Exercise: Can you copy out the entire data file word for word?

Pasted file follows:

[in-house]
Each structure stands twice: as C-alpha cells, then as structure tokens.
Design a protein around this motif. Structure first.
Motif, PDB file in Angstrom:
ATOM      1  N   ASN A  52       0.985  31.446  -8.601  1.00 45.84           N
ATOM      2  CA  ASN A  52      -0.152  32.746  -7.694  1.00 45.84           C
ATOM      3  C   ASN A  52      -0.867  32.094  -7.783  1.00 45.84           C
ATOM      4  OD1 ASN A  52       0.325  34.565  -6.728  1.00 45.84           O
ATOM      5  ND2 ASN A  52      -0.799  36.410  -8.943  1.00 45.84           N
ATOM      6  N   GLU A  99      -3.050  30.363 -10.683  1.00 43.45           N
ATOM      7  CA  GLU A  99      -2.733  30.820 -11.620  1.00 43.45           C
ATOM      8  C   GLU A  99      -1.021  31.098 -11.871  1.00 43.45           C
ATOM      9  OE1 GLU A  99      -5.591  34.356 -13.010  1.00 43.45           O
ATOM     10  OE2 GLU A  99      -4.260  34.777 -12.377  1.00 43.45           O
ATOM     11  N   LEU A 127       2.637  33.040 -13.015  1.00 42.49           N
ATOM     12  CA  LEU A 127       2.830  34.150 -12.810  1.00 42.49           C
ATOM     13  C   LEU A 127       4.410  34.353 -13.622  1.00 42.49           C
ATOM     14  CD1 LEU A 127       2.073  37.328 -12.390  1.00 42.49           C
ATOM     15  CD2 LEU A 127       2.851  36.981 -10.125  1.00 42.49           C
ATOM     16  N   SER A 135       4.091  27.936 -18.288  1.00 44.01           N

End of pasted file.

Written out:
[in-house]
Each structure stands twice: as C-alpha cells, then as structure tokens.
Design a protein around this motif. Structure first.
Motif, PDB file in Angstrom:
ATOM      1  N   ASN A  52       0.985  31.446  -8.601  1.00 45.84           N
ATOM      2  CA  ASN A  52      -0.152  32.746  -7.694  1.00 45.84           C
ATOM      3  C   ASN A  52      -0.867  32.094  -7.783  1.00 45.84           C
ATOM      4  OD1 ASN A  52       0.325  34.565  -6.728  1.00 45.84           O
ATOM      5  ND2 ASN A  52      -0.799  36.410  -8.943  1.00 45.84           N
ATOM      6  N   GLU A  99      -3.050  30.363 -10.683  1.00 43.45           N
ATOM      7  CA  GLU A  99      -2.733  30.820 -11.620  1.00 43.45           C
ATOM      8  C   GLU A  99      -1.021  31.098 -11.871  1.00 43.45           C
ATOM      9  OE1 GLU A  99      -5.591  34.356 -13.010  1.00 43.45           O
ATOM     10  OE2 GLU A  99      -4.260  34.777 -12.377  1.00 43.45           O
ATOM     11  N   LEU A 127       2.637  33.040 -13.015  1.00 42.49           N
ATOM     12  CA  LEU A 127       2.830  34.150 -12.810  1.00 42.49           C
ATOM     13  C   LEU A 127       4.410  34.353 -13.622  1.00 42.49           C
ATOM     14  CD1 LEU A 127       2.073  37.328 -12.390  1.00 42.49           C
ATOM     15  CD2 LEU A 127       2.851  36.981 -10.125  1.00 42.49           C
ATOM     16  N   SER A 135       4.091  27.936 -18.288  1.00 44.01           N